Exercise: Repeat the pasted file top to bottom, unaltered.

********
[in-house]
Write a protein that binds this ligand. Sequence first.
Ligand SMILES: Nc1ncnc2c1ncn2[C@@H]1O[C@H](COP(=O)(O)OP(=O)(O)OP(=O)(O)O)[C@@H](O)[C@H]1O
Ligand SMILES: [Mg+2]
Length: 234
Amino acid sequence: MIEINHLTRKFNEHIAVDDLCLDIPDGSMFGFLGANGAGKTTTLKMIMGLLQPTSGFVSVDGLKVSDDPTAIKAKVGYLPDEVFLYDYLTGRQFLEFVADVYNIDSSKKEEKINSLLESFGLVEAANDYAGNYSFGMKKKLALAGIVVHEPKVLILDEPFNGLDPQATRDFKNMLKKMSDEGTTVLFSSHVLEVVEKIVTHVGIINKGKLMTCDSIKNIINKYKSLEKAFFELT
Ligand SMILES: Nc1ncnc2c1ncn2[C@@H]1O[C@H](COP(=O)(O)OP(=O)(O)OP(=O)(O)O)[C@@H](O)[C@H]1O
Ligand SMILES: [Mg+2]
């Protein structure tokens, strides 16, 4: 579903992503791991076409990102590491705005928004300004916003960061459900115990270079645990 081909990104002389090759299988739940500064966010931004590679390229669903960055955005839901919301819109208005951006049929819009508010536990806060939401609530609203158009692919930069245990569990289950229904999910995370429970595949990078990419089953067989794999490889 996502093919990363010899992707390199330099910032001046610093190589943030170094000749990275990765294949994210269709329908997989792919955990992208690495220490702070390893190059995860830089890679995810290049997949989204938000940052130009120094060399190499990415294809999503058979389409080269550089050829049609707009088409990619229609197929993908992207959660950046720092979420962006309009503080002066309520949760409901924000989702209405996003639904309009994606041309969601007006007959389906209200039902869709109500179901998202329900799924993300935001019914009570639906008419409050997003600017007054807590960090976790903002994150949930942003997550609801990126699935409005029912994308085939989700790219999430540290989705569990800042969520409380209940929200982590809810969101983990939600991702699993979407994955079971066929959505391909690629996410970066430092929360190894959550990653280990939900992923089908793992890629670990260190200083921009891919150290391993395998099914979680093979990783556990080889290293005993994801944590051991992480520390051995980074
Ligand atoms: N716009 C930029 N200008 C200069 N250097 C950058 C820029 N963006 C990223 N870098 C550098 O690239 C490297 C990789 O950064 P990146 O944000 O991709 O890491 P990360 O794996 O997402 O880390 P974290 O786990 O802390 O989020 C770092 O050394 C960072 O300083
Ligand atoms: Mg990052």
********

[in-house]
Write a protein that binds this ligand. Sequence first.
Ligand SMILES: Nc1ncnc2c1ncn2[C@@H]1O[C@H](COP(=O)(O)OP(=O)(O)OP(=O)(O)O)[C@@H](O)[C@H]1O
Ligand SMILES: [Mg+2]
Length: 234
Amino acid sequence: MIEINHLTRKFNEHIAVDDLCLDIPDGSMFGFLGANGAGKTTTLKMIMGLLQPTSGFVSVDGLKVSDDPTAIKAKVGYLPDEVFLYDYLTGRQFLEFVADVYNIDSSKKEEKINSLLESFGLVEAANDYAGNYSFGMKKKLALAGIVVHEPKVLILDEPFNGLDPQATRDFKNMLKKMSDEGTTVLFSSHVLEVVEKIVTHVGIINKGKLMTCDSIKNIINKYKSLEKAFFELT
Ligand SMILES: Nc1ncnc2c1ncn2[C@@H]1O[C@H](COP(=O)(O)OP(=O)(O)OP(=O)(O)O)[C@@H](O)[C@H]1O
Ligand SMILES: [Mg+2]
């Protein structure tokens, strides 16, 4: 579903992503791991076409990102590491705005928004300004916003960061459900115990270079645990 081909990104002389090759299988739940500064966010931004590679390229669903960055955005839901919301819109208005951006049929819009508010536990806060939401609530609203158009692919930069245990569990289950229904999910995370429970595949990078990419089953067989794999490889 996502093919990363010899992707390199330099910032001046610093190589943030170094000749990275990765294949994210269709329908997989792919955990992208690495220490702070390893190059995860830089890679995810290049997949989204938000940052130009120094060399190499990415294809999503058979389409080269550089050829049609707009088409990619229609197929993908992207959660950046720092979420962006309009503080002066309520949760409901924000989702209405996003639904309009994606041309969601007006007959389906209200039902869709109500179901998202329900799924993300935001019914009570639906008419409050997003600017007054807590960090976790903002994150949930942003997550609801990126699935409005029912994308085939989700790219999430540290989705569990800042969520409380209940929200982590809810969101983990939600991702699993979407994955079971066929959505391909690629996410970066430092929360190894959550990653280990939900992923089908793992890629670990260190200083921009891919150290391993395998099914979680093979990783556990080889290293005993994801944590051991992480520390051995980074
Ligand atoms: N716009 C930029 N200008 C200069 N250097 C950058 C820029 N963006 C990223 N870098 C550098 O690239 C490297 C990789 O950064 P990146 O944000 O991709 O890491 P990360 O794996 O997402 O880390 P974290 O786990 O802390 O989020 C770092 O050394 C960072 O300083
Ligand atoms: Mg990052």